Linda Carlblom

Author & Speaker

Category: Making Memories

The Charm Bracelet

look at more info Marj, a 99-year-old friend, motioned to me from her wheelchair before church to come here. “I have something for you,” she said, her speech still slurred from a stroke a few years back. She handed me a Bayer aspirin box. “You can wait to look at it until you get home.”

Marj and me

I left church that day and didn’t once think of the aspirin box gift until the next Sunday morning as I made sure I had all my things in my church bag. My Bible. Check. Sunday school lesson notes? Check.

Wait. What’s this box? That’s when I remembered. I opened the box and took out two slips of typewritten paper and something wrapped in a tissue cocoon. I opened the tissue and saw a silver charm bracelet. I gasped, knowing instantly what it was.

When I was a little girl over fifty years ago, I used to play with that very charm bracelet during church as it hung on the arm of a much younger Marj. My favorite charm was a tiny typewriter whose keyboard moved up and down when I pressed it. I’d tear off the corner of my church bulletin and feed it into the roller and pretend to type.

I unfolded the paper that came in the box.

Linda….

After you see how many charms are crowding your Typewriter, you may not want the bracelet. If so, I will not be hurt. HOWEVER…..it is yours if you would like to have it. You may do whatever you’d like. Remove some charms if you desire…whatever. At 99 I will not be wearing it or even going charm by charm, like a rosary!!!! I will be pleased if the little girl in the country church was fascinated with it. I always have warm and happy memories of the McQuinn family. Love you all lots…

Happy days for you!

Marj

P.S. I relize that there are errors but I can’t use left hand to find keys and pay attention to errors. One of the blessings of old age…people more willing to forgive mistakes…USUALLY!!!

The little McQuinn girl in the country church was me as a tot in a little rural church in Indiana where we both lived. When we moved to Illinois, Marj and her husband, Don, came to visit a few times. As an elementary school girl I still played with that charm bracelet and looked to see what new charms Marj had added. Later, I sat by Marj at church conferences. I looked through her charms, feeling loved and a sense of belonging whenever she smiled at me fingering her bracelet.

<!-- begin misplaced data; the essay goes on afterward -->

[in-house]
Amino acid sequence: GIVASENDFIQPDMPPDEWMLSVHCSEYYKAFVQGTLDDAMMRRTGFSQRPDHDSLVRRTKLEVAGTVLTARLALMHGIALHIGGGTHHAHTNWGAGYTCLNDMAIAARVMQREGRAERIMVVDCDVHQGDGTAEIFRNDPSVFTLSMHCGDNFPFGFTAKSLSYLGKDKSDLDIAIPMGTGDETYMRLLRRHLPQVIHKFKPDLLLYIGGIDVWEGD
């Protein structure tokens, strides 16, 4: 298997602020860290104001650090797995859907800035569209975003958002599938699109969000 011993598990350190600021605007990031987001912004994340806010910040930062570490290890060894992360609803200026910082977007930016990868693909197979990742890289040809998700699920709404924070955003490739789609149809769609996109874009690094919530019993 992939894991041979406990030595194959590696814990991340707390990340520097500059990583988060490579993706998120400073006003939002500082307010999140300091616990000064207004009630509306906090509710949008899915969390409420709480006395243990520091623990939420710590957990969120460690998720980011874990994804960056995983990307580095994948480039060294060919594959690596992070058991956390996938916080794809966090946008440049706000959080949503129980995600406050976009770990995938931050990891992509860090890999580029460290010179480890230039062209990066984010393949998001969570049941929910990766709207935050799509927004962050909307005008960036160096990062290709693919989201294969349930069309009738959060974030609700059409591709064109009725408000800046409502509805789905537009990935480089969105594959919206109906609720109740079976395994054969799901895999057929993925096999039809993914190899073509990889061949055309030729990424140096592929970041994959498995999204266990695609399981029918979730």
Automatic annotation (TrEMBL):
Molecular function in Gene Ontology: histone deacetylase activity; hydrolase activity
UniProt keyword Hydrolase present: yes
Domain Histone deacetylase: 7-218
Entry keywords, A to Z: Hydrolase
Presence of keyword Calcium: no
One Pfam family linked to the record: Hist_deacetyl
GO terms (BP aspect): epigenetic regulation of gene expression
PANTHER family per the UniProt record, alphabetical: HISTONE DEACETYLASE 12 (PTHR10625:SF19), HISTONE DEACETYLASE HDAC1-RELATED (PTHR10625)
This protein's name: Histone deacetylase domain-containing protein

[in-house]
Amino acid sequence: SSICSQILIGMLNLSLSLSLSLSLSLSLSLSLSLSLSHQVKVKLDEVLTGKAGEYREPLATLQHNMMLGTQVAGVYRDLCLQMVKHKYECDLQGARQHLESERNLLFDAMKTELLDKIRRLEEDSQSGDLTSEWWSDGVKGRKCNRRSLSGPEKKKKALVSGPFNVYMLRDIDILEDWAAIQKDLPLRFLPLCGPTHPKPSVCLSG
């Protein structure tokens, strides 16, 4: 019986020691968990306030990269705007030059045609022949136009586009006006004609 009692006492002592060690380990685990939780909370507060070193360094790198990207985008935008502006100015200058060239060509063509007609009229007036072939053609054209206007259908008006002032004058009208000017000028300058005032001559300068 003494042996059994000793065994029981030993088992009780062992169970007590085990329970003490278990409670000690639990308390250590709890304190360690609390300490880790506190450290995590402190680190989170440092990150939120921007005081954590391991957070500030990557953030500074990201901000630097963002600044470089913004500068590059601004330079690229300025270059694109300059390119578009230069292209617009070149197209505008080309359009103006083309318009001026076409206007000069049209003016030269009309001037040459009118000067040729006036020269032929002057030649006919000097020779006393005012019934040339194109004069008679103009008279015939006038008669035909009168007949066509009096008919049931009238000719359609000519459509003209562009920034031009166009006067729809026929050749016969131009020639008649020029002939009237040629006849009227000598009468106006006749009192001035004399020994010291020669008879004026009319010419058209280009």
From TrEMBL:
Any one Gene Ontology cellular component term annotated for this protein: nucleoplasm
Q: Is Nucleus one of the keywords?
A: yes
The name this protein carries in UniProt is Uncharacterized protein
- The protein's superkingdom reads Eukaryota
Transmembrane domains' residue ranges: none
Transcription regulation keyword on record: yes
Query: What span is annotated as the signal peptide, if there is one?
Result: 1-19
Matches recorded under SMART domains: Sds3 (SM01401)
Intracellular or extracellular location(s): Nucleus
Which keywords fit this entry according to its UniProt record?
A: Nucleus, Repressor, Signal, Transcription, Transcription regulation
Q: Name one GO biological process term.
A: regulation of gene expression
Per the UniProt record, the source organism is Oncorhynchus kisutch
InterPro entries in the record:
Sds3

These are some of my early church memories. Little did I know that when I moved to Arizona with my family at the age of ten, that Marj and I would end up in the same church again when she and Don retired out here.

And now I held her beloved charm bracelet, felt the weight of it in my palm. I unfolded the other piece of paper and found Marj had made a list of the charms and the significance behind each one. It was like pieces of her life dangling from that short chain.

I’ll always cherish that bracelet and especially the lady who gave it to me. But just as much, I’ll hold dear the memories of being a child in church and feeling a part of the body of Christ because of Marj’s simple acts of love.

Holy moments, holy beginnings in the formation of my spiritual life. I’m forever grateful to Marj and her charm bracelet.

Holding My Mother’s Hand

As a small child, I loved holding my mom’s hand. It was the safety, security, and love that I wish every child could experience. The familiarity of her hand provided comfort, even though I didn’t understand it at the time. I always knew my hand was welcome in hers. I belonged right there, joined at the hand with her. I was hers and she was mine and we were both so happy about that simple, unspoken fact.

            The days of hand holding with mothers is way too short. It gradually slips away in the growing up, the busyness of life, and the necessary pulling away from dependence to independence that happens to us all. It’s meant to be this way. It’s good when parents raise children who can fly on their own.

            Adulthood yawns wide and engulfs so many years of not holding hands with our mothers. For some, their mothers die too young and hand holding only happens on death beds.

            But I’m one of the lucky ones whose mother has lived into old age.

            Mom is 87 and we’ve been holding hands everywhere we go for a few years now. Her eyesight isn’t good and I need to tell her when there’s a step up or down. I hold her hand to make sure she’s safe, secure, and hopefully, so she’ll know she’s helplessly loved. And all the while, my heart remembers the many times she held my young hand for the same reasons.

            She sometimes fears she’s a burden, too much work, or simply an inconvenience. Nothing could be further from the truth. She’s my blessing, my treasure, my lifeline to everything that matters most.

            So we’ll walk hand in hand all the remaining days of her life. I pray there are many more years of her hand in mine, mine in hers, a mutual giving and receiving of life’s most precious gifts.

For the Love of Daughters and Donuts

I got up at 4:30 this morning. That’s a solid two-and-a-half hours earlier than I normally get up. But it was important.

You see, my young adult daughter was super excited about a new Hurts Donuts store opening near us. Well, not super near. But about ten miles away. The first 100 customers would be entered into a drawing to receive free donuts for a year. We intended to be in that number. They opened at five, so it was rise and shine at 4:30.

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